Guidance for landlords and sponsors on tenant buyouts



December 04, 2017

Affordable Housing Alert

Author(s): Erica F. Buckley, Ari Lipsky

New York landlords have recently come under fire for alleged violations of New York's Tenant Buyout Law. This alert discusses steps landlords and sponsors can take to ensure compliance with these requirements.

On November 3, 2017, New York State Attorney General Eric T. Schneiderman announced a $132,000 settlement reached with a prominent landlord located in Bushwick, Brooklyn, for violation of New York City’s new anti-harassment law specifically addressed to regulate tenant buyout offers in residential rental buildings. According to the New York Attorney General’s (NYAG’s) office press release, the landlord, after having purchased buildings in Bushwick, approached rent-stabilized tenants and offered them money to move out of their apartments—a tactic generally known as a “buyout offer.” The NYAG press release also stated that the landlord failed to provide tenants with the required written notice under New York City local law enacted in December of 2015.

Therefore, for any landlord or sponsor seeking to propose a buyout offer to a tenant, written notice to the tenant must accompany the buyout offer, following the guidelines detailed in Title 27, Chapter 2, Subchapter 1, Article 1, Section 2004(a)(48)(f-2) of the New York City Administrative Code (the Tenant Buyout Law). As per the Tenant Buyout Law, the following statements must be made as part of the written notice:

  • That the tenant is being contacted by the landlord regarding a proposed buyout offer.
  • That the tenant has every right to reject the proposed buyout offer, and doing so will not have any negative consequences on the tenant’s ability to remain in occupancy of his/her residence.
  • That the tenant may seek legal counsel and/or refer to “The ABCs of Housing” guide on the Department of Housing Preservation and Development (HPD) website before reaching a decision regarding a buyout offer, a copy of which is available here.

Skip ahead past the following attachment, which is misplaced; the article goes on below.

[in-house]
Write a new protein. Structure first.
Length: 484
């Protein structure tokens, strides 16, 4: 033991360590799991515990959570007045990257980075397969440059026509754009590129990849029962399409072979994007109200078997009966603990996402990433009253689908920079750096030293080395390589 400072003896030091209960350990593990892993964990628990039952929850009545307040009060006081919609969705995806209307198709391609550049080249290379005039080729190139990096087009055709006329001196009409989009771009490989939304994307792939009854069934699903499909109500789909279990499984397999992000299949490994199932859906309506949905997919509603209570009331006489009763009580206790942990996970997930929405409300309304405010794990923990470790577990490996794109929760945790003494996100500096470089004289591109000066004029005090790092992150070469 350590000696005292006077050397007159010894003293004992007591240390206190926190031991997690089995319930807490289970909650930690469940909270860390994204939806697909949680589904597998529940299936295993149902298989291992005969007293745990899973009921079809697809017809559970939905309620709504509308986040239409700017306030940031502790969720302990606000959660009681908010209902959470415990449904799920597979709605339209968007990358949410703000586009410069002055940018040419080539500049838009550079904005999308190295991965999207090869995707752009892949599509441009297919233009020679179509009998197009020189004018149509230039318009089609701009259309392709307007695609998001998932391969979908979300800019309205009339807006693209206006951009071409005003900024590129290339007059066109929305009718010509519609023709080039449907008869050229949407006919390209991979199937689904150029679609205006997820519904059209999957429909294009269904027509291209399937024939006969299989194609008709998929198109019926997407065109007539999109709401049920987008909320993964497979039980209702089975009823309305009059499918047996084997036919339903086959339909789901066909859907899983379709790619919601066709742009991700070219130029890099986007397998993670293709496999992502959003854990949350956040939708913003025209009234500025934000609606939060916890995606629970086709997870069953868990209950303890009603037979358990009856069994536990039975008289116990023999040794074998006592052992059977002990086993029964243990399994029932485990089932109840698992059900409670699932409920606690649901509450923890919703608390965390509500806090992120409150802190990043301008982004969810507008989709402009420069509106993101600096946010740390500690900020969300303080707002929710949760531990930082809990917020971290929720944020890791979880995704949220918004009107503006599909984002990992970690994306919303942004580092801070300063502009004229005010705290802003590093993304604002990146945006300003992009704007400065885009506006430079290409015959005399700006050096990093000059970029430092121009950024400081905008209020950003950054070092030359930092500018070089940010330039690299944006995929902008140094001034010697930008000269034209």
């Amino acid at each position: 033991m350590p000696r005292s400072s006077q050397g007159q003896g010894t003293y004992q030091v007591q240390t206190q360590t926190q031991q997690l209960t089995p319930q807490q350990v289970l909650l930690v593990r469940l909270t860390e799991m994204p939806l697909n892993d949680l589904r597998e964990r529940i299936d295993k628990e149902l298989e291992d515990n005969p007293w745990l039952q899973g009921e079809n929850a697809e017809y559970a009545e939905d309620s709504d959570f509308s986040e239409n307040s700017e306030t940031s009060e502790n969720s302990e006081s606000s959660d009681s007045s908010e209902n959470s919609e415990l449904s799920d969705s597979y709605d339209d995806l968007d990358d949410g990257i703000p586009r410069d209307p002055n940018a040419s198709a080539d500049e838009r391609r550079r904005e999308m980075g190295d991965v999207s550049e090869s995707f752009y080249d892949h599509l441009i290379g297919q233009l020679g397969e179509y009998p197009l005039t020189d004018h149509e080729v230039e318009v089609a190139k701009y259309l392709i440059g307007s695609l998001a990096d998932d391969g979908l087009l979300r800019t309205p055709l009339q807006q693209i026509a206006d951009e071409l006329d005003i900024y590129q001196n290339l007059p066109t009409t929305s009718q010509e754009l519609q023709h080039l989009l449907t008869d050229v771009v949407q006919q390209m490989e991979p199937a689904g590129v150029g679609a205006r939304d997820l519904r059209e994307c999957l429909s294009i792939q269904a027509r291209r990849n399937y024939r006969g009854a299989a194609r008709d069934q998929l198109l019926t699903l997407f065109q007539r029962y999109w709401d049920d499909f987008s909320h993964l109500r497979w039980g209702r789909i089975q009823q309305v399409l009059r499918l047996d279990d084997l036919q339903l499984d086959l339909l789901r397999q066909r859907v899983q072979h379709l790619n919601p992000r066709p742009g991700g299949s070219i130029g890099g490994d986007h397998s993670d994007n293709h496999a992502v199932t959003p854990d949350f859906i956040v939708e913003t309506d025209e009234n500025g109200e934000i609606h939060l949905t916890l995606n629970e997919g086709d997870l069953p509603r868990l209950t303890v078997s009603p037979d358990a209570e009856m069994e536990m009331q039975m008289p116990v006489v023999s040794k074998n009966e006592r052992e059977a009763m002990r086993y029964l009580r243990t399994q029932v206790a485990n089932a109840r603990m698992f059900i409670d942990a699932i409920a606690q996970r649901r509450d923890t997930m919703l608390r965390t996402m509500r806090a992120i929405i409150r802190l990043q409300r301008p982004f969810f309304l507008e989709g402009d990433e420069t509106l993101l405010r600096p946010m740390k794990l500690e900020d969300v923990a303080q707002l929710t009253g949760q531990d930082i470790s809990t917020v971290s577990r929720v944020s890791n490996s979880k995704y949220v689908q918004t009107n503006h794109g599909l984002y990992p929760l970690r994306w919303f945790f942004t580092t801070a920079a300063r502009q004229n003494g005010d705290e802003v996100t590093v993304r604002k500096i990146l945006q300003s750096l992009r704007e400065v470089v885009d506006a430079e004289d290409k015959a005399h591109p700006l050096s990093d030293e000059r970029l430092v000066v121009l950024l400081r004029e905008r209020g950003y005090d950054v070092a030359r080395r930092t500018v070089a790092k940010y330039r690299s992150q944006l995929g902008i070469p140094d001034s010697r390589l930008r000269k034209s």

• That the buyout offer is being made by or on behalf of the landlord.
  • That the tenant can, in writing to the landlord, refuse to be further contacted regarding any proposed buyout offer, and such written refusal will bar the landlord from contacting the tenant regarding any proposed buyout offer for 180 days.

In addition to the required written notice, a landlord or sponsor also must be cognizant of the manner in which he communicates with the tenant regarding the buyout offer. Specifically, Subsection (f-3) of the Tenant Buyout Law provides that a landlord may not propose a buyout offer by (1) threatening, intimidating or using obscene language; (2) communicating with tenant at such unusual hours of the day or in such a manner that can reasonably be expected to abuse or harass the tenant; (3) communicating with tenant at the tenant’s place of employment without the prior written consent of the tenant; or (4) knowingly falsifying or misrepresenting information provided to the tenant as part of the proposed buyout offer.

For those landlords looking to convert residential rental buildings to cooperative or condominium status, there is an additional level of disclosure necessary. The NYAG, through the Department of Law of the State of New York, published a memorandum on July 9, 2015, titled “Tenant Buyouts” (the Tenant Buyout Memo). In this memorandum, the NYAG takes the position that certain buyouts consummated prior to the submission of the Red Herring and all buyouts during the review of the Red Herring violate the Martin Act. Moreover, if the sponsor intends to offer buyouts, this fact must be stated in the Red Herring and Black Book, along with a disclosure regarding tenants’ rights to say “no” to the buyout and instead remain in occupancy as a non-purchasing tenant (or to buy and become a homeowner). Therefore, for those sponsors looking to convert residential buildings to cooperative or condominium status, the offering plan must comply with the Tenant Buyout Memo as well as the Tenant Buyout Law—both of which must be adequately disclosed. A copy of the NYAG Tenant Buyout Memo is available here.

Attorney General Schneiderman has made it clear that the NYAG will “aggressively enforce” laws aimed at protecting tenants from harassment, including those governing tenant buyout offers. Therefore, any landlord or sponsor considering proposing a buyout offer in residential rental buildings, especially those converting to cooperative and condominium status, should diligently follow the guidelines set forth above.

The foregoing has been prepared for the general information of clients and friends of the firm. It is not meant to provide legal advice with respect to any specific matter and should not be acted upon without professional counsel. If you have any questions or require any further information regarding these or other related matters, please contact your regular Nixon Peabody LLP representative. This material may be considered advertising under certain rules of professional conduct.

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